Shareholders of First Citizens Bancshares (FCNCA) rejected a proposal that would have limited the control of the family that has run the Raleigh, N.C., company for generations.
Gerald Armstrong failed to collect enough support for his proposal to eliminate the 16-votes-per-share voting power of First Citizens' Class B stock at last month's annual meeting, the $20.9 billion-asset company disclosed in a regulatory filing. The Class B shares are closely held by the Holding family, which has managed First Citizens since the 1930s.
First Citizens had recommended that shareholders reject the proposal. Roughly 12.1 million shares voted against the measure, while 6.3 million supported it.
Armstrong, who is based in Denver who owns about $5,000 worth of the company's common stock, argued in his proposal that the voting power of the Class B shares has led to "an absence of accountability and reasonable performance in the top management of First Citizens," which "has taken our public shareholder money but does not let us have an equal voice in our company's management." The Class B shares have more than three times the voting power of the Class A shares, he said.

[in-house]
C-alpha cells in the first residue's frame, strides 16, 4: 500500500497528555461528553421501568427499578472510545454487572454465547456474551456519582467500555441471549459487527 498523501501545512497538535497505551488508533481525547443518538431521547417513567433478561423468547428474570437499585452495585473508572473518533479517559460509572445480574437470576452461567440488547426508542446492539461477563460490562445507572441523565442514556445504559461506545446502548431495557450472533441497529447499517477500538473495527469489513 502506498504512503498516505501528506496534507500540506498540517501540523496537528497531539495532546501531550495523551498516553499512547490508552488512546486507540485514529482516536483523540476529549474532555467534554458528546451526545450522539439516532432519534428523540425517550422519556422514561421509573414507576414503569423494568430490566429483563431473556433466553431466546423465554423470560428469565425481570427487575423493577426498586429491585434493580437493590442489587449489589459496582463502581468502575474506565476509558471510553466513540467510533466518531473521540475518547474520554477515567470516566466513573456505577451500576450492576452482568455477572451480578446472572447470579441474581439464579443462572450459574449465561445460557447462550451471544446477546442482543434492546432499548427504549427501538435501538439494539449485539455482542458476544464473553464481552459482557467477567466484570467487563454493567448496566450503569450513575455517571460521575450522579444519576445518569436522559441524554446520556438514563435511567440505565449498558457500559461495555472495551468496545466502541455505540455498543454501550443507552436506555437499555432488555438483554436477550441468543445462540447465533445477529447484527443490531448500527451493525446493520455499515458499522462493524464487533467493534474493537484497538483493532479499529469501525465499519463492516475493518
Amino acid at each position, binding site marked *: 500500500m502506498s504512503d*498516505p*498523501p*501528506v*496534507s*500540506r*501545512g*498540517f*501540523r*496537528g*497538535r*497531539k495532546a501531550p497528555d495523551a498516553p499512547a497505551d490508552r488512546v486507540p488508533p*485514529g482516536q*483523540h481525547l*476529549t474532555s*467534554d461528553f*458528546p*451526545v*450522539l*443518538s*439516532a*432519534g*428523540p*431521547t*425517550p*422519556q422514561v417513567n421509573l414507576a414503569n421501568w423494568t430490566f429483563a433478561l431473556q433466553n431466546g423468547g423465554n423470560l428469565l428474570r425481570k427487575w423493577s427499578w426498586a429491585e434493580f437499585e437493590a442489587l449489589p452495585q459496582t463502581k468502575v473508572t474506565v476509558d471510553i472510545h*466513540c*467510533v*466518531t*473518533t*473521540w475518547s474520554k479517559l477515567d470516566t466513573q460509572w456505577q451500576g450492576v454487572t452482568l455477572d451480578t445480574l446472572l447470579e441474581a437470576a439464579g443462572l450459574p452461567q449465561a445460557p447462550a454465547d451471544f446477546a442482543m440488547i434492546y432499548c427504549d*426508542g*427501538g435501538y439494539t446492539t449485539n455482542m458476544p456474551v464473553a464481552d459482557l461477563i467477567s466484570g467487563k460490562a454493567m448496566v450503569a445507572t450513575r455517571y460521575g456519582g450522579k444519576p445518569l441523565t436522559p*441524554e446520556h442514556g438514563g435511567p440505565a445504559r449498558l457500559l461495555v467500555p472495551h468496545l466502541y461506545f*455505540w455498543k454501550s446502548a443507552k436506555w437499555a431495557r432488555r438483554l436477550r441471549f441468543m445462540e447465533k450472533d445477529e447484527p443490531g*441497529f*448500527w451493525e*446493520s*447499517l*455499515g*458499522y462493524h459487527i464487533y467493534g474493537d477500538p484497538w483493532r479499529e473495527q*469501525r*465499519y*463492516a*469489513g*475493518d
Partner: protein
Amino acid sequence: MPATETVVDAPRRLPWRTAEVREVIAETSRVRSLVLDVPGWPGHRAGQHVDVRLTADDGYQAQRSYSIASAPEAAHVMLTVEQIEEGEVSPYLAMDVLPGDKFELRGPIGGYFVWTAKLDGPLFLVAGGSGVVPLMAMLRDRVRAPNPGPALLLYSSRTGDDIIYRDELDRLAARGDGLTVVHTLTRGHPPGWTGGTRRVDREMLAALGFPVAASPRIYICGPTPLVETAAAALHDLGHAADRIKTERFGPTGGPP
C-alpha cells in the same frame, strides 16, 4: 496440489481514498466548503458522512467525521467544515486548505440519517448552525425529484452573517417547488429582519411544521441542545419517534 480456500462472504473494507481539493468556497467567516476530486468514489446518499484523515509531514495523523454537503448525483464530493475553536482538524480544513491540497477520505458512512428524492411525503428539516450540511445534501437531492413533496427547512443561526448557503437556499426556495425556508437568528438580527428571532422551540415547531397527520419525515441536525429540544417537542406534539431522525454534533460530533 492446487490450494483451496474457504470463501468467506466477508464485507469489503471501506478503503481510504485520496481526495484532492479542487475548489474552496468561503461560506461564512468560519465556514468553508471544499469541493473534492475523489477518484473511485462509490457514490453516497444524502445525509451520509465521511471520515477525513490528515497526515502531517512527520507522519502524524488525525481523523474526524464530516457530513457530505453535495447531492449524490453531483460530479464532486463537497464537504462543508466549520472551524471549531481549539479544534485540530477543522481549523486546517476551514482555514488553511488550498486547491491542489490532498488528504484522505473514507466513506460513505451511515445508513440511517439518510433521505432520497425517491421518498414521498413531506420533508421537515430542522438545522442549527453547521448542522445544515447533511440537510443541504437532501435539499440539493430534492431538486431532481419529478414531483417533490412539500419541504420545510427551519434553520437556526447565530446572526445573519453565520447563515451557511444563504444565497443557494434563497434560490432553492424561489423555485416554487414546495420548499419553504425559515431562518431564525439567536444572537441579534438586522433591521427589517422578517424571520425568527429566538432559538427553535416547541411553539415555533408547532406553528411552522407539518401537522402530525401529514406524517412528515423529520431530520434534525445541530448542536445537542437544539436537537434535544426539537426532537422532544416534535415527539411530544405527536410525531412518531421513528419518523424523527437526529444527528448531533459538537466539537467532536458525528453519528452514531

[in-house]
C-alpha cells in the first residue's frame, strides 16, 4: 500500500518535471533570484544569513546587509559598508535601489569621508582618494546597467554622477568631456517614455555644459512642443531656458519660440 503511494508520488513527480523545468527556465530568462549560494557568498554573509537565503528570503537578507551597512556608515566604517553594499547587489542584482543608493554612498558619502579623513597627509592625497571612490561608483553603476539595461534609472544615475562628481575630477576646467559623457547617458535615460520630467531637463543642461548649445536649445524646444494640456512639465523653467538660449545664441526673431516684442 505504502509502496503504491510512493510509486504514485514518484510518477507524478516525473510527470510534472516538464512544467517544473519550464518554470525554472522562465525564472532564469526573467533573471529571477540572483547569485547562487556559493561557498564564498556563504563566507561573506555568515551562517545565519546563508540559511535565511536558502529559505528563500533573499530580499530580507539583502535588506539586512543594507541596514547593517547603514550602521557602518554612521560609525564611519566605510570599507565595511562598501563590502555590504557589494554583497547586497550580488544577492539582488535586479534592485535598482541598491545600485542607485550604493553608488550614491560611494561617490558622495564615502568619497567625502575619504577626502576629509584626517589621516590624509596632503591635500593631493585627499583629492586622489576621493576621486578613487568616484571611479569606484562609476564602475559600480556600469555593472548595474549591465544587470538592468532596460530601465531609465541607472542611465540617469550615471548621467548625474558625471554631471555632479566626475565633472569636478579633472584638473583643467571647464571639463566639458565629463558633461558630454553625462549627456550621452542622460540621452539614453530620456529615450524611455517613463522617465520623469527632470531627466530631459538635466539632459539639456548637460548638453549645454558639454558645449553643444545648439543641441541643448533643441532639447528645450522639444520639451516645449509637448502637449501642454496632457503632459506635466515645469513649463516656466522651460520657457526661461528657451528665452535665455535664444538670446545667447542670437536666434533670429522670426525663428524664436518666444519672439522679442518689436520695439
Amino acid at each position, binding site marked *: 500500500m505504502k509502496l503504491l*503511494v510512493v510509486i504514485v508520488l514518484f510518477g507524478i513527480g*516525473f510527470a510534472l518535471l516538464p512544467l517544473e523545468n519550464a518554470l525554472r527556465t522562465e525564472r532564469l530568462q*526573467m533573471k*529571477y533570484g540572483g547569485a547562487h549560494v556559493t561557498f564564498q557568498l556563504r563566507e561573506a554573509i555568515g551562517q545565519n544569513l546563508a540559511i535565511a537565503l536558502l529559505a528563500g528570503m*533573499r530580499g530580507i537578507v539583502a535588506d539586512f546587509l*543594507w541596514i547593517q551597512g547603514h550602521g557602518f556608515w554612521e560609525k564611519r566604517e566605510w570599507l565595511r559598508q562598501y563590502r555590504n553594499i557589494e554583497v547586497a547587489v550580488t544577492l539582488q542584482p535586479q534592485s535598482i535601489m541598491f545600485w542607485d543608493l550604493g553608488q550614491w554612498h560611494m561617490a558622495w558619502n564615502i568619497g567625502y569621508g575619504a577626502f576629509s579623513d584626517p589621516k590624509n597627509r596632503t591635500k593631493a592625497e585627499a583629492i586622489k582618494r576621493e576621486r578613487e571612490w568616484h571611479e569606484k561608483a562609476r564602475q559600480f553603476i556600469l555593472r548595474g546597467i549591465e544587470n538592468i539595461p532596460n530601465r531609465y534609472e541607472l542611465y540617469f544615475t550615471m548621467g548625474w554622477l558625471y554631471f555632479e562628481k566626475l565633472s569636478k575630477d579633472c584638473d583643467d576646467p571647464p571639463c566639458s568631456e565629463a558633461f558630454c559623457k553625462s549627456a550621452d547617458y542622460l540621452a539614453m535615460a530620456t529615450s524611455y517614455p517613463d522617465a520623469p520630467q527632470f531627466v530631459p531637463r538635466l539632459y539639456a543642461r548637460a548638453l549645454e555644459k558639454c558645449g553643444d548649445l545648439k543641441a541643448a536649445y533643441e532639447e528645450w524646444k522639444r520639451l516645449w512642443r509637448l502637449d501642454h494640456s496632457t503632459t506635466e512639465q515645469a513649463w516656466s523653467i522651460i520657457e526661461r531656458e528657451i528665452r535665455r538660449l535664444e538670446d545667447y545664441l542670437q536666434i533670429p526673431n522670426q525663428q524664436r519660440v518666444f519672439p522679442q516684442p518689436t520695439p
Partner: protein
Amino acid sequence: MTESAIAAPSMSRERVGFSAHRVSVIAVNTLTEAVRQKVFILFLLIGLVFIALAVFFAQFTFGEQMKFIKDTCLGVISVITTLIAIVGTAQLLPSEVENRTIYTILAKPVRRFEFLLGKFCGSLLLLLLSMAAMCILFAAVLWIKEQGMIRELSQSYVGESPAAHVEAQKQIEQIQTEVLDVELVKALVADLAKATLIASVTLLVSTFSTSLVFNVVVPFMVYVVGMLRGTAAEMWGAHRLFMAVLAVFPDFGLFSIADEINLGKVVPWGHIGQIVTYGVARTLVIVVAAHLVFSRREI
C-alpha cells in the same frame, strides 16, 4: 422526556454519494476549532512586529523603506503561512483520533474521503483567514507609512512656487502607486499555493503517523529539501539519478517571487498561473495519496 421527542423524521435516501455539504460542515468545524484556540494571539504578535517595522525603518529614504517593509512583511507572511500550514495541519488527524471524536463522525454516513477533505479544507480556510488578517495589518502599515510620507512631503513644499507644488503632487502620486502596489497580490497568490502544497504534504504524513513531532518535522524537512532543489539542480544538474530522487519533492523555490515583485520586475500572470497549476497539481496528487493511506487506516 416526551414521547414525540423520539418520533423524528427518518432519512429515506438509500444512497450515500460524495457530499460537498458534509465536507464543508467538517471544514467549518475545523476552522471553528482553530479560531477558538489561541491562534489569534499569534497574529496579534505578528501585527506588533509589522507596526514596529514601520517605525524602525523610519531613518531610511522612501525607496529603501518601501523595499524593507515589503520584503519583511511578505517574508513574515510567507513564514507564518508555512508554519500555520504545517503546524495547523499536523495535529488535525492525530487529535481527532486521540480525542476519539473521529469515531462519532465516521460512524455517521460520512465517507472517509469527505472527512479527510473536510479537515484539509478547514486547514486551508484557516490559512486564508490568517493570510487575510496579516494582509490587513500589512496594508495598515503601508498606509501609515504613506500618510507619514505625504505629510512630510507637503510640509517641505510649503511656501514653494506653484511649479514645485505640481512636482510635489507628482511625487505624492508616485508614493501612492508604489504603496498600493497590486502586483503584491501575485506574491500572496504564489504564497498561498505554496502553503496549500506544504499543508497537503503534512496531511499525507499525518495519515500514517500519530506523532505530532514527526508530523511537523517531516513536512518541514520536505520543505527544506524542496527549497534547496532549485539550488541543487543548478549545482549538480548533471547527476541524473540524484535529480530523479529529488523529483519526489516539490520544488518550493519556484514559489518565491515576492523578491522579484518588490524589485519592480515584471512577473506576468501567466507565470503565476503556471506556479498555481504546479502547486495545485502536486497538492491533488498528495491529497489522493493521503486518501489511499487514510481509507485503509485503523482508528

First Citizens is the second-largest family owned bank in the country, behind BOK Financial (BOKF) in Tulsa, Okla. First Citizens' ownership was consolidated in December when Carmen Holding Ames, the daughter of the late CEO, sold her $225 million stake in the company. The sale raised the percentage of the company's voting rights owned by her uncle, Frank Holding Sr., and his children to 57% from 42%.
Robert Holding, Ames' grandfather, was CEO in the 1930s. Her father, Lewis Holding, was CEO from 1957 through 2008, when he was succeeded by Frank Holding Jr.
Armstrong is known for issuing proposals to rein in executive pay at banks including Wells Fargo (WFC), KeyCorp (KEY) and Porter Bancorp (PBIB).